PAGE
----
That’s according to two of the top GOP senators, Senate Speaker Robert Stivers and Senate Majority Caucus Chair Julie Raque Adams, who spoke Friday at the Waterfront Botanical Gardens in Louisville.

They were there to tout $1.5 million in public funds for the new Japanese Gardens, which will be under construction this summer.

WLKY News told them about what is happening in the interim hearings.

school safety

The mass shooting in Uvalde, Texas was the 27th school shooting in 2022, according to Education Week.

School safety is a top concern for many parents and it’s one of the reasons the Interim Joint Education Committee will review the Safe and Resilient Schools Act 2019, passed after a shooting in a Marshall County School.

Lawmakers want to know what progress school districts have made and what remains to be done.

“We need to make sure that when school starts in August that our kids are safe and now is the time to really refine those responses,” Raque Adams said.

That could mean disputes over whether to force districts to place armed school resource officers on campuses. Many districts have struggled to fund ORS, and the Jefferson County Board of Education has debated their effectiveness.

Workforce development

Labor shortages continue to frustrate employers and have worsened in two critical areas: health care and education.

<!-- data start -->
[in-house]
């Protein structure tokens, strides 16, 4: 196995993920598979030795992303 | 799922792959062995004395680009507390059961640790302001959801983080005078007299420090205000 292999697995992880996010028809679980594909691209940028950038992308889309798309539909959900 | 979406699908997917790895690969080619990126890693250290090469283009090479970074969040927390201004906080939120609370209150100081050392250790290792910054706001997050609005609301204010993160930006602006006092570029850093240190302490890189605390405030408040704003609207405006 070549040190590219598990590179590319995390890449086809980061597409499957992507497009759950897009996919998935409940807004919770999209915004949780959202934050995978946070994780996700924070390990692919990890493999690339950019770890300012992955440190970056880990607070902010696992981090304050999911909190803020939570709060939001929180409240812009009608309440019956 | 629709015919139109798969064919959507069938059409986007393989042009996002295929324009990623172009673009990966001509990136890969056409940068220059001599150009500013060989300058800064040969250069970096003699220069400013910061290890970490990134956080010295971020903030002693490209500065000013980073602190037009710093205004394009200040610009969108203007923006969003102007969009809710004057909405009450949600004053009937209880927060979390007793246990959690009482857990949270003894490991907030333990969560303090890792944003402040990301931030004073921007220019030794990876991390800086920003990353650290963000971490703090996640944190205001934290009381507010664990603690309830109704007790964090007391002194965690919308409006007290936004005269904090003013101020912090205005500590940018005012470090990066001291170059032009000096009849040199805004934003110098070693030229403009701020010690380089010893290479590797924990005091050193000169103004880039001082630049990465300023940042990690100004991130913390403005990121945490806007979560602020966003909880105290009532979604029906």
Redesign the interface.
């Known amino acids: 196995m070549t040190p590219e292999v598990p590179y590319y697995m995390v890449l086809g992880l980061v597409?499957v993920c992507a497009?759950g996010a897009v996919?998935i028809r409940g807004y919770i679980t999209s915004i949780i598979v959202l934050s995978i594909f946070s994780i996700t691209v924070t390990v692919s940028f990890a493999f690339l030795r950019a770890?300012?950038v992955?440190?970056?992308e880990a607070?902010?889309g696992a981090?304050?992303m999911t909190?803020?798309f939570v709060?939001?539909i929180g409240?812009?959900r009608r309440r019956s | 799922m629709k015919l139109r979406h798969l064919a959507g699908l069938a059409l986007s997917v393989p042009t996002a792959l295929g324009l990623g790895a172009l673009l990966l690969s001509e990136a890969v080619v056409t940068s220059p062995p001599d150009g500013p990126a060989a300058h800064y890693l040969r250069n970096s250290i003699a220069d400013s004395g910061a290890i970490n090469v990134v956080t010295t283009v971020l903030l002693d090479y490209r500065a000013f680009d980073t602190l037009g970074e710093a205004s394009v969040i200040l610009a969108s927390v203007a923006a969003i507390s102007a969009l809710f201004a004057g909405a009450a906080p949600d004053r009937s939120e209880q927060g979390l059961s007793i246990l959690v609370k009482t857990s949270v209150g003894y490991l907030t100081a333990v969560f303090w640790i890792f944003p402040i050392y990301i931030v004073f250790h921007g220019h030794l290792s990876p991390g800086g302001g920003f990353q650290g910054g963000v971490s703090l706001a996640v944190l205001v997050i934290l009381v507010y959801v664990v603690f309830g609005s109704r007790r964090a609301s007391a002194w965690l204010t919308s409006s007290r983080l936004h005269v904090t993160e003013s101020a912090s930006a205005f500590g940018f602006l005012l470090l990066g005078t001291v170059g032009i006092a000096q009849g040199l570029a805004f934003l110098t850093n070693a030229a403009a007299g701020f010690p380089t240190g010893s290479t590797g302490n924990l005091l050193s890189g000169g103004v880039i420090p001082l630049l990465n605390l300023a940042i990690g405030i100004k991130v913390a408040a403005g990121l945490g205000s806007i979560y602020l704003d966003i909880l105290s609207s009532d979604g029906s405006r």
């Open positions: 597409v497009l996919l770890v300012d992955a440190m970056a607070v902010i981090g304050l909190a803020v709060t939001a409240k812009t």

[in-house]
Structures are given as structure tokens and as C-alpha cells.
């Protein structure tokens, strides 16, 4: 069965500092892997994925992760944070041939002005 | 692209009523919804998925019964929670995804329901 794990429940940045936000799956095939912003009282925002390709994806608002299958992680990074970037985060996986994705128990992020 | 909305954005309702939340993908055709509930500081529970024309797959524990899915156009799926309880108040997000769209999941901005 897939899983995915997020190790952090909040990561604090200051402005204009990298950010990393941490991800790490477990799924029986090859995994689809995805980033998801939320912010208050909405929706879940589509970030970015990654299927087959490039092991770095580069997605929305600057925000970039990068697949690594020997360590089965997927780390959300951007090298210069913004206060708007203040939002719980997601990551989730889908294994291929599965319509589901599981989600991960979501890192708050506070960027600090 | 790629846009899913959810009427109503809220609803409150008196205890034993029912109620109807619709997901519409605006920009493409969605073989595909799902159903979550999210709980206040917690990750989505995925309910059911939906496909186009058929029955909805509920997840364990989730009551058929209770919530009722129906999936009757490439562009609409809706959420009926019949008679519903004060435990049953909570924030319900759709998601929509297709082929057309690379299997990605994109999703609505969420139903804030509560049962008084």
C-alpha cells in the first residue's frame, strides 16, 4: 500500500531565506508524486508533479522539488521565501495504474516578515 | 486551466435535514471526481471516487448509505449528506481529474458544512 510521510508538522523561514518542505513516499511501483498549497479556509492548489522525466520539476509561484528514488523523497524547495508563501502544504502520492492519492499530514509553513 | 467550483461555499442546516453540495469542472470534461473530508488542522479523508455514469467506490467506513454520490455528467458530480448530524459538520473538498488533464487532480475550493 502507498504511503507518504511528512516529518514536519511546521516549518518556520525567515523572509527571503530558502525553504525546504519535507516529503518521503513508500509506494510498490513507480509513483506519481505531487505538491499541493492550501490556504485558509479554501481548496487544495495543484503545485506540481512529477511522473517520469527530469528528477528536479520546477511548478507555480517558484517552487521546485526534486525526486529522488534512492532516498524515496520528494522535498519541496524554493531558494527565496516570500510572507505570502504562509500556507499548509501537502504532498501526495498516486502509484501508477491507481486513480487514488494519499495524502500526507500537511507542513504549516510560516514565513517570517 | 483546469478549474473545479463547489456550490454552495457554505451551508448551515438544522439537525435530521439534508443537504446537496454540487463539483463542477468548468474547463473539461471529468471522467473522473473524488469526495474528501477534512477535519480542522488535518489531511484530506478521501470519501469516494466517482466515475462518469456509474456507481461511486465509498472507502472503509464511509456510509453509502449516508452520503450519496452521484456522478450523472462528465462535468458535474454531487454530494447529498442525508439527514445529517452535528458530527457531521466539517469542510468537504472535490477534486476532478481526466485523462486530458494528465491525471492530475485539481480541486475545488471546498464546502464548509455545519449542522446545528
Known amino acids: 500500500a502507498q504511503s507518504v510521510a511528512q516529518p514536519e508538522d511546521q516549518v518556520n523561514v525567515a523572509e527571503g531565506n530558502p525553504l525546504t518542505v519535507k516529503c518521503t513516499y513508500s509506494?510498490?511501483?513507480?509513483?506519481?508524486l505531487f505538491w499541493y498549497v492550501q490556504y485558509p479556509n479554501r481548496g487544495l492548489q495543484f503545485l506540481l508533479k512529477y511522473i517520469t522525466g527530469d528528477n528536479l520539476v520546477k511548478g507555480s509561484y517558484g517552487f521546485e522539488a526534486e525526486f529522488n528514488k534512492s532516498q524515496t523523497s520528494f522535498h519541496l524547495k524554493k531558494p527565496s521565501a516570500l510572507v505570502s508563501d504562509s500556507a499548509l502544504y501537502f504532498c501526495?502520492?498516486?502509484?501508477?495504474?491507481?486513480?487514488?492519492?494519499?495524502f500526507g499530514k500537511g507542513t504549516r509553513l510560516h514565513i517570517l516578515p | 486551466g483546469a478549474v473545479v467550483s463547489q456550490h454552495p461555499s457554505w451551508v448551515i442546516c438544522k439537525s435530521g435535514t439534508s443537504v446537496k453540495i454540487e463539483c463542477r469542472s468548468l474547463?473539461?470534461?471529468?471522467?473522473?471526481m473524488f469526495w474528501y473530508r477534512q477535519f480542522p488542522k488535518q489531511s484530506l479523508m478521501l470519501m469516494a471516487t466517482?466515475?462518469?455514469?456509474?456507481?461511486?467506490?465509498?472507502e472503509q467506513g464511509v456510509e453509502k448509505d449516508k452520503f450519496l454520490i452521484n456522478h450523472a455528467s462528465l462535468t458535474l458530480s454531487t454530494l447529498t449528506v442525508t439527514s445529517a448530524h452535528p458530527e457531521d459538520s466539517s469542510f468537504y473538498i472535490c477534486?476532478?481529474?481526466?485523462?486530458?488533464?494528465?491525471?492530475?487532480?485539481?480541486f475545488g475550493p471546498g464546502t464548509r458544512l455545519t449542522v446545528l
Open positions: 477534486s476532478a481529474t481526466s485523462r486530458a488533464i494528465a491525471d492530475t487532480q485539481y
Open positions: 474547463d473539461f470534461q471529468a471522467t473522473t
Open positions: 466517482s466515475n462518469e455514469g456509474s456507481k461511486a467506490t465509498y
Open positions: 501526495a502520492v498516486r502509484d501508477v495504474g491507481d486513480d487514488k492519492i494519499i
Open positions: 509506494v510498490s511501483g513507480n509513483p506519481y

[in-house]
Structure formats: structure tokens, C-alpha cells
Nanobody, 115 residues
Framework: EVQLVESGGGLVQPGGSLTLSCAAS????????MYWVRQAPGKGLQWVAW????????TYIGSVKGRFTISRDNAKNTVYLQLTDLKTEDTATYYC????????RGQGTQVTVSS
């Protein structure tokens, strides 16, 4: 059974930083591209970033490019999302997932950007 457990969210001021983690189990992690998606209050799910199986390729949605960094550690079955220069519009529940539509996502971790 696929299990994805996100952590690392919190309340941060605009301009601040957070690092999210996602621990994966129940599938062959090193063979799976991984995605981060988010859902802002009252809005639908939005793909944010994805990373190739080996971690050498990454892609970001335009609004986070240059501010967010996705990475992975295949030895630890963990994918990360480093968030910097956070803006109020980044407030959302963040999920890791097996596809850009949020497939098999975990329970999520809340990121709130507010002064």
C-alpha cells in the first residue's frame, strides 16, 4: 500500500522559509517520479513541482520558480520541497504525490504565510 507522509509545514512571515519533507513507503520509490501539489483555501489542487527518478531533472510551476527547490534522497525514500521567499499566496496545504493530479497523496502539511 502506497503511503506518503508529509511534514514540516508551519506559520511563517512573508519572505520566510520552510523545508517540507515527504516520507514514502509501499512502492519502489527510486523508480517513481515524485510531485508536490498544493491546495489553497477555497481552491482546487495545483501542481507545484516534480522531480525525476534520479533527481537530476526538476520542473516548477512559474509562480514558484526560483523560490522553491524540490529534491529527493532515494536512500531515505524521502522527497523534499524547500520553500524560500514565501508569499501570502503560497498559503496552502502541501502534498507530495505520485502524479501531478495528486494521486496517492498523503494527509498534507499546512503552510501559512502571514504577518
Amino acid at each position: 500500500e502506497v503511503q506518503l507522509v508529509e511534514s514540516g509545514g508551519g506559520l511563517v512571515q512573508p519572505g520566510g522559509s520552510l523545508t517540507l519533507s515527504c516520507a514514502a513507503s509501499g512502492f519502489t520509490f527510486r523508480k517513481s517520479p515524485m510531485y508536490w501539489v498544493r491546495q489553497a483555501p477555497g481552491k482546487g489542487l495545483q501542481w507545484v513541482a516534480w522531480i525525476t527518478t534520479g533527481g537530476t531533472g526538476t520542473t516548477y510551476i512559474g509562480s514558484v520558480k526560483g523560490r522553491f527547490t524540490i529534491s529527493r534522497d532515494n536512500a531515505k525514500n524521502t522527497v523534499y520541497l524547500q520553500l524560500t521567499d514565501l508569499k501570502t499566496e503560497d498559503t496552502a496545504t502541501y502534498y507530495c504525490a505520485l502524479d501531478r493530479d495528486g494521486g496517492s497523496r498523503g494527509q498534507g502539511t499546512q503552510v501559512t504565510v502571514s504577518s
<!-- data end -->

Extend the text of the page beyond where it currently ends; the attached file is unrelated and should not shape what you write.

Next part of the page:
Earlier this month, lawmakers heard from the state education commissioner about the teacher shortage in Kentucky and they’ll likely revisit the topic, Stivers said.

They will also look for ways to bridge the gap between the skills employers are looking for and vocational students can find, he said.

“We need to look at a bigger collaborative effort between technical schools, KCTCS, our colleges and universities, because it’s not going to be the traditional four-year degree that a Ford or some other entity will look at,” he said. declared.

Juvenile detention center

State lawmakers also heard from Louisville officials in another preliminary hearing on funding for the reopening of the city’s juvenile detention center.

Lawmakers have asked for more information and may bring those officials back for another hearing.

“We had to sort of get all the questions resolved and we need to have those answers before the state makes this investment,” Raque Adams said. “I think the state knows it’s time to make this investment, but we want to make sure those dollars are spent in the most appropriate and effective way.”

Louisville is asking for $1 million for renovations to the center, on Jefferson Street next to the two courthouses, as well as $4 million a year in operating costs, Raque Adams said.

The city closed the juvenile detention center in 2019 during a budget crisis.

Since then, Louisville has relied on a small regional juvenile detention center on La Grange Road or sent young offenders to centers in other counties.

Many have complained that minors are not detained at all, creating a sense among young people that there will be no consequences for their crimes.

Recently, Metro Louisville opened a youth transition center in the former detention center to provide services to youth charged with a crime.